Well, kind of. Pause should instruct event loop to stop waiting for read events from the OS for particular fd, i.e. remove from epoll/kqueue, so new connections would stuck in backlog at the OS level.

I wonder if you could handle backpressure this way, somewhat analogously to a thread-per-connection with a bounded number of threads. I don't think node.js API exposes the necessary functionality, but the point is that it's possible with callbacks:

  var MAX = 100,
      connections = 0;

  function continue() {
    server.once('connection', function(c) {
      if (++connections < MAX) continue();
      process(c, function() {
        if (--connections == MAX - 1) continue();

Node.js doesn't have threads so you wouldn't need atomics or locking. I don't think it's fair to say this is spaghetti, but it has some complexity, yes.

'write' could also transparently fail (not that that is usually advisable).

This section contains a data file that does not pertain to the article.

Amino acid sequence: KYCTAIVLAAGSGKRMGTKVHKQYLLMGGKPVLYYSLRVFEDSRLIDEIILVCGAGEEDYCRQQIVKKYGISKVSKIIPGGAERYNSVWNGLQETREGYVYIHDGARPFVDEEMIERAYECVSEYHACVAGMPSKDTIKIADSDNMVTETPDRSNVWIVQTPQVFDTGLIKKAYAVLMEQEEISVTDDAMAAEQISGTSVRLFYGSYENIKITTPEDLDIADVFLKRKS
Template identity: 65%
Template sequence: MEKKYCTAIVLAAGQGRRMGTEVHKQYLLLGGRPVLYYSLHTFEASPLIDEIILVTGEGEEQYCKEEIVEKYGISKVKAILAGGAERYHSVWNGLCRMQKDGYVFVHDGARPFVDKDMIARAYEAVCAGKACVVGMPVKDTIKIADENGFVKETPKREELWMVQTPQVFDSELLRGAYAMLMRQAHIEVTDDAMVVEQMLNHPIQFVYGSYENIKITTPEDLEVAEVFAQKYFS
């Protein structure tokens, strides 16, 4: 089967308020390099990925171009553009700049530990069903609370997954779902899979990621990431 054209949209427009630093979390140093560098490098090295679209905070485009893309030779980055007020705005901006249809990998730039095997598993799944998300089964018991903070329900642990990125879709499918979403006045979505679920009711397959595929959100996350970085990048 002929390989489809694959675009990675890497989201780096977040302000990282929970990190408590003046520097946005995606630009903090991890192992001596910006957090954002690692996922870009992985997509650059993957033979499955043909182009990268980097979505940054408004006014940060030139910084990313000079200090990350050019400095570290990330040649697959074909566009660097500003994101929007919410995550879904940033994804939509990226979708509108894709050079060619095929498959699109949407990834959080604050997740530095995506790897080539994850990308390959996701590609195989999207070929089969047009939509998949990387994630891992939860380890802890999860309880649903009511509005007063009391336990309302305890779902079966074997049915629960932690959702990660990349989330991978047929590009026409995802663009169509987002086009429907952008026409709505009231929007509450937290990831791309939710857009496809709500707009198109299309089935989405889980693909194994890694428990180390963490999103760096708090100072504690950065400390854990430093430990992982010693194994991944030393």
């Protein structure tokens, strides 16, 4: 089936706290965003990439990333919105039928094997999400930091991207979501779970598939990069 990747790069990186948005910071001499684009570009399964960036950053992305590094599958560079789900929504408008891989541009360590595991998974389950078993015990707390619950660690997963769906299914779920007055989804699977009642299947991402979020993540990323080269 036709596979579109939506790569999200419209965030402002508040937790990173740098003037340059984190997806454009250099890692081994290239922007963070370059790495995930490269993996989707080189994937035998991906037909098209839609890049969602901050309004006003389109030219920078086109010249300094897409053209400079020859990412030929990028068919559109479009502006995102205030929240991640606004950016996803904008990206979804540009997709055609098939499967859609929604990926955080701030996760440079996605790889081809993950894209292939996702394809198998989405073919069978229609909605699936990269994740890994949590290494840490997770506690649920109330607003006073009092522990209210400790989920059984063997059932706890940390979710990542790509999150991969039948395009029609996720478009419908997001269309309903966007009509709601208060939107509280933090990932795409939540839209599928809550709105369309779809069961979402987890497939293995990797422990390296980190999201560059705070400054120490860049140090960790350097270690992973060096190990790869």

Instead of researching it or providing my own opinion, I'll simply cite your own comment as proof

>I completely fail to see, given the specific kind of flow control and resource control the author wants, how the asynchronous model is harder than the synchronous model.


> it's more code to write, and the flow control is harder to write,

If you find this post interesting I strongly recommend looking at how Go, Clojure's core.async, and similar CSP systems attempt to address these issues.

One big advantage of a good CSP model is that you can express push/pull sensibly because you have a (buffered) channel abstraction between communicating processes.